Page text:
Research has shown that several factors affect flexor tendon healing and cell adhesion formation due to the invasion of external fibroblasts. The formation of post-surgical scar tissue and cell adhesion between surrounding tissue and tendon constricts tendon gliding and motion, causing a loss in functionality. In some situations, although they are rare, infections occur after flexor tendon repair [49]. These postoperative complications are still major clinical challenges to overcome.

4.1.1. Peritendinous Adhesion Formation

Adhesion formation can be minimized or even prevented by optimizing the intrinsic healing mechanism. Past researchers believed that flexor tendon healing was strongly dependent on extrinsic cellular ingrowth, which relies on adhesion formation at the site of injury. However, it was documented that flexor tendons should have the ability to heal by intrinsic healing mechanisms alone [48]. Intrinsic healing can be optimized by using biochemical factors to achieve scarless healing. Current intrinsic healing optimization methods include physical and mechanical barriers to prevent adhesion formation as well as chemical and molecular compound addition against scar tissue formation [92]. Ideally, physical barriers are combined with chemical/biological modulation to produce a superior biomaterial construct to prevent peritendinous adhesion.
Physical barriers form the first method for the prevention of peritendinous adhesion formation. Placing an anti-adhesive material, acting as a barrier, between the healing site and the surrounding tissue limits the contact between the tendon injury site and its sheath, diminishing the amount of surface available for adhesion formation. Hereby, the tendon is restricted to intrinsic healing, healing only to itself and not to surrounding tissue or the tendon sheath [14].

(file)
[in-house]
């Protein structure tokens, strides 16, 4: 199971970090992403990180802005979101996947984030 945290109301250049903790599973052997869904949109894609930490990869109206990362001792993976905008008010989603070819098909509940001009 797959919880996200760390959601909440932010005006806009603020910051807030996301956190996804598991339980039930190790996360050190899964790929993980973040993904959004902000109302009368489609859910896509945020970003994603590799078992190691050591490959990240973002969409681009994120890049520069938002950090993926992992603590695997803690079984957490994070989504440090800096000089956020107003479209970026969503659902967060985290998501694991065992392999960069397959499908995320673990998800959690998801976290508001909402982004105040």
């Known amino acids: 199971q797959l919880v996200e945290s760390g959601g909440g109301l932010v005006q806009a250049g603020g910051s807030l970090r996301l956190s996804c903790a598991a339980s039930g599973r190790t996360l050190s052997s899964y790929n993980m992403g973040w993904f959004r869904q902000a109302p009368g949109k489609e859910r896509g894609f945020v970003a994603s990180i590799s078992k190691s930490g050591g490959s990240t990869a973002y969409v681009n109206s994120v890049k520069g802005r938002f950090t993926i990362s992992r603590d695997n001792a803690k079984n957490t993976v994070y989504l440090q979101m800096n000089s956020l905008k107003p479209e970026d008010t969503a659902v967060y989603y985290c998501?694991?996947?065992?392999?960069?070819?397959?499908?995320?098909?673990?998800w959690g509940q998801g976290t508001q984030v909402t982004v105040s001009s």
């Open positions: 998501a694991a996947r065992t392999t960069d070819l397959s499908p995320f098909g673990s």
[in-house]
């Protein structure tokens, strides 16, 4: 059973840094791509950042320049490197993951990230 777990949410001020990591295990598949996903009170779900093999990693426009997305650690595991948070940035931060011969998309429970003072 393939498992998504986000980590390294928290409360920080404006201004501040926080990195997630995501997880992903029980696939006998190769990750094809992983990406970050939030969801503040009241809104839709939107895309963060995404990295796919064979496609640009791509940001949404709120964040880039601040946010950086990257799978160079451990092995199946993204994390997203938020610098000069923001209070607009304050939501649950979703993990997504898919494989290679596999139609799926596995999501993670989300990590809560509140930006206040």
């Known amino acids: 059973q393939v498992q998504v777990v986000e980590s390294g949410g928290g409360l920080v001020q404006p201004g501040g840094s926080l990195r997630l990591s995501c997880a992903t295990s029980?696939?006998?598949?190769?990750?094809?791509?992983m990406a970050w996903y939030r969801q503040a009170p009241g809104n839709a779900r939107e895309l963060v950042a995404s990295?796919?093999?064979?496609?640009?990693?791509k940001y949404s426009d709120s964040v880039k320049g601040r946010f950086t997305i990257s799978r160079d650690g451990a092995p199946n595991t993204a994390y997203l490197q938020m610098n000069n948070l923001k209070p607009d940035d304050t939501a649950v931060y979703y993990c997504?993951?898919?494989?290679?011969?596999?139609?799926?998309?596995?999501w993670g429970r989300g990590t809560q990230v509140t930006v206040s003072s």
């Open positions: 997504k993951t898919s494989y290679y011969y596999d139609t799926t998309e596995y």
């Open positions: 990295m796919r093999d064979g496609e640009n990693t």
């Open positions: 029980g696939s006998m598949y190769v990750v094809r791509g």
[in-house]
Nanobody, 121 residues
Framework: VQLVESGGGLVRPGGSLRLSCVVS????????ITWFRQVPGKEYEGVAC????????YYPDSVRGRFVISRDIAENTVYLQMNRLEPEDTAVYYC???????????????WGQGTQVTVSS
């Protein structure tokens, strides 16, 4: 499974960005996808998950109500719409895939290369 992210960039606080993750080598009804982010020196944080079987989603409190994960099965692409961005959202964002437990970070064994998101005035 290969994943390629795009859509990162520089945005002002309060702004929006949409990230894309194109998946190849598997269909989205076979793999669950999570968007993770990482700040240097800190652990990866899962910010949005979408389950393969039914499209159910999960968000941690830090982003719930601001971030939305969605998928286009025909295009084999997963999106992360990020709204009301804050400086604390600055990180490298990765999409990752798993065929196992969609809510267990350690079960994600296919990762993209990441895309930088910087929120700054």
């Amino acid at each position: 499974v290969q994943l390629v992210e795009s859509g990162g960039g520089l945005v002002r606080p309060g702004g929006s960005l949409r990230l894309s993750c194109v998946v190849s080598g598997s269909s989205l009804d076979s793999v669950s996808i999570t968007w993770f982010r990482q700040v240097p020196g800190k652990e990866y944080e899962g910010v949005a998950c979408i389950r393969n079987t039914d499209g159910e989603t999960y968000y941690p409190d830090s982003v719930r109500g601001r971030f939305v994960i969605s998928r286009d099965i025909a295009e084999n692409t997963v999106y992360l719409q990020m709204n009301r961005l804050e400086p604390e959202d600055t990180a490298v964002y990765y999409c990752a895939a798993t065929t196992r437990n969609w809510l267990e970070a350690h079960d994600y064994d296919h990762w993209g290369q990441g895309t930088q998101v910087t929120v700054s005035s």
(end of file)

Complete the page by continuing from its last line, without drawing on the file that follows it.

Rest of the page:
Other researchers have made use of the therapeutic properties of biological polymers in combination with synthetic polymers to form semi-synthetic materials as an attempt to minimize the formation of scar tissue and peritendinous adhesion. The ideal chemical compound should be limited to a single application, have no systemic side effects, and should target immediate inflammatory responses and the extrinsic healing mechanism. A decrease in inflammation is accompanied by a decrease of invasive external cells to the injured site of the tendon, minimizing the scar tissue and peritendinous adhesion. The anti-inflammation character of these chemical agents is thus responsible for the reduction of adhesion formation. Chemical compounds used in recent research include nonsteroidal anti-inflammatory drugs (NSAID’s) like naproxen [93], ibuprofen [94,95,96,97,98], 5-fluorouracil [99], and celecoxib [100,101,102], steroids like dexamethasone [103] and other polymers such as hyaluronic acid (HA) [93,100,102,104,105,106,107,108] and chitosan [19,109] (Figure 3, see Section 4.3). The common function of these chemical agents is the reduction of the inflammatory response and consecutively the reduction of adhesion.